1300-year-old wooden tablets found in Japan

Tens of thousands of wooden tablets known as mokkan from the Nara Period (710 – 784 A.D.) have been found in the remains of the Imperial Palace.

The research institute uncovered a hole containing a large number of wooden tablets while excavating the site last spring. The hole measured about 10 meters from east to west and 7 meters from north to south, and was about 1 meter deep at its deepest point. It was the biggest waste disposal pit in the palace grounds.

Most of the mokkan were in scraps, but investigations have uncovered writing relating to the imperial guard that protected the emperor, and the inscription “Hoki Period, Year 2,” referring to the year 771. There is a possibility that the wooden tablets were discarded when military-related facilities were set up.

Nara was the capital of Japan and seat of the emperor, hence the name “Nara Period”. It was during this time that the first Japanese literature appears in the form of imperial historians/propagandists, so these tablets found on the palace premises might contain all kinds of primary source material — government records, expenses, legal pronouncements — as well as early copies of Japan’s first books.

Previous collections of mokkan have turned up on the palace grounds before, and 74,000 wooden tablets were uncovered elsewhere in the city in 1989. It’s unlikely to beat the overall record, but this find might exceed the palace record of 50,000 mokkan discovered in one place.

The medieval manuscript genome project

An associate English professor at North Carolina State University, Raleigh, Timothy Stinson, has begun DNA testing medieval manuscripts.

Since parchment was made from animal skin, there is genetic material to be found in the pages of the books themselves.

Thousands of fragile manuscripts still survive from the Middle Ages (roughly 400 to 1500 CE), a time when most of Europe’s population was illiterate, and monks transcribed nearly all of the books that circulated around the continent. Until recently, scholars relied on visual analysis (such as handwriting samples) to trace the origin of most ancient texts. But Stinson says that more precise genetic analyses are possible because the preferred “paper” of the day was thin parchment made from the skin of local cattle, sheep or goats. “DNA offers much more specific information, but no one’s mapped it yet,” he says. […]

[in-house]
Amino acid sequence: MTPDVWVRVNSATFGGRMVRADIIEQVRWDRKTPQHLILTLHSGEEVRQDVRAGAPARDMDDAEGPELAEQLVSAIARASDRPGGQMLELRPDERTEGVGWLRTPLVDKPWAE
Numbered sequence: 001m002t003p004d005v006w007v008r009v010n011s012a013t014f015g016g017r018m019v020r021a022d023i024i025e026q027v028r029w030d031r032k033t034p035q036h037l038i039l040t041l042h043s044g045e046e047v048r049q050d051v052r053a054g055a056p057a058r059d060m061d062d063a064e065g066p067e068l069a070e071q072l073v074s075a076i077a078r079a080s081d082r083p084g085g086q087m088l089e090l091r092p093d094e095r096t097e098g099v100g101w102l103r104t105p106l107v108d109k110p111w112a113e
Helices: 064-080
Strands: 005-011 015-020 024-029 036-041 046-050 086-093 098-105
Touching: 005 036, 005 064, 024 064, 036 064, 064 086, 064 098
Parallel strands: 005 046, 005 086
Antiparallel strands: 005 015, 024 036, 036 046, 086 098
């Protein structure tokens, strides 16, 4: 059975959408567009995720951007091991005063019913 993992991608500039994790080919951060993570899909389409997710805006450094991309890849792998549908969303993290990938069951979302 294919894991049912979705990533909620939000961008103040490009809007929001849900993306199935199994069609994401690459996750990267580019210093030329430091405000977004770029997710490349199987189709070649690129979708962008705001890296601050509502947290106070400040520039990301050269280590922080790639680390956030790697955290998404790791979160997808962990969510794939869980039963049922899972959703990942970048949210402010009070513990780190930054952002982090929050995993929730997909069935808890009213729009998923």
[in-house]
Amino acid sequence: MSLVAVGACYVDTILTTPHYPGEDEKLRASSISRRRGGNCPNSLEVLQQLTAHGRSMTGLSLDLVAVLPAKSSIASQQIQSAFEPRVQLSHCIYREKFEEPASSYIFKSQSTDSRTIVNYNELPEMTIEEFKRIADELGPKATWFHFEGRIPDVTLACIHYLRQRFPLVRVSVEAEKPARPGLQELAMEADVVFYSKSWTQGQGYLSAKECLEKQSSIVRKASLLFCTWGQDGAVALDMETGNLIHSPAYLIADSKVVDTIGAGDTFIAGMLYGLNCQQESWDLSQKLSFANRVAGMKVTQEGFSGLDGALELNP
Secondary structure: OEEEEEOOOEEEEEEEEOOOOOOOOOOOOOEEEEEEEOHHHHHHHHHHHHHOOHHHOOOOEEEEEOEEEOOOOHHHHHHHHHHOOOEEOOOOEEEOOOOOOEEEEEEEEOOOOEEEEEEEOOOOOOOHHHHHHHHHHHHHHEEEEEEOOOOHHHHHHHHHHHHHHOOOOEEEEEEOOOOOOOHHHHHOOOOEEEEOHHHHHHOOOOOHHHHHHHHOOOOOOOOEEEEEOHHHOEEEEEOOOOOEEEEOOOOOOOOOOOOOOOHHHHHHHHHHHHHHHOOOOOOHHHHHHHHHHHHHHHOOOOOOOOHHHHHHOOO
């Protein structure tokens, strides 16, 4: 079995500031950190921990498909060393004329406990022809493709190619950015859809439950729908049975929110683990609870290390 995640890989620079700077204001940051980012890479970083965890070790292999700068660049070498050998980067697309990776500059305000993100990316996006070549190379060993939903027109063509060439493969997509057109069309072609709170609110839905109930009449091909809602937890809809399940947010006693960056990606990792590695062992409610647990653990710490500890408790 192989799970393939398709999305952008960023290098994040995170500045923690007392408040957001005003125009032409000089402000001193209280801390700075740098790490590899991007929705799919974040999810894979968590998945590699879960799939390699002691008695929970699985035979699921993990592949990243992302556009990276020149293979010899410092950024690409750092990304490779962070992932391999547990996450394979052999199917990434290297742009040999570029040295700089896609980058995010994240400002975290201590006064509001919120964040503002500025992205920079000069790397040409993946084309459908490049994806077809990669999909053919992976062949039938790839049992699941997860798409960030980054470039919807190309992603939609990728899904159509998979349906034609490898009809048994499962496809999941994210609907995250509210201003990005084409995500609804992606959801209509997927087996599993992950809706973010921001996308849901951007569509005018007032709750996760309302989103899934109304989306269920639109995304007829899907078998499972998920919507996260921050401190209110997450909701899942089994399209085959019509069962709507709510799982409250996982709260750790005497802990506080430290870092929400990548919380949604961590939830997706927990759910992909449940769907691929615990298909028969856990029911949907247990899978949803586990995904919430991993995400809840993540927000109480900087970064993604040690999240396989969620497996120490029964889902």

Medieval manuscripts often were written on pages made from the skins of as many as 100 different animals, according to Stinson. But scholars speculate that, at least until the mid-15th century, most books were made from local herd animals, which could make tracing their point of origin fairly reliable.

His goal is to create a large DNA database from manuscripts with a known provenance, and then use that database to pinpoint where unknown manuscripts may have come from.

The genetic material might also link manuscripts which have been separated over time and distance. There may be all kinds of partial books amenable to reconciliation scattered through libraries and collections around the world.

The database would be replete with information about quotidian aspects of medieval life, like herd movements and trade routes.

For a lovely browse of medieval manuscripts online, check out Oxford University’s Bodleian Library site.

FBI Returns Pre-Columbian Artifacts to Panama

Man, I love it when the news comes from a government press release. They give great backstory and sometimes (like this time), killer pictures.

In this case, the FBI returned over a hundred pre-Columbian artifacts to the government of Panama yesterday, including pottery and gold jewelry.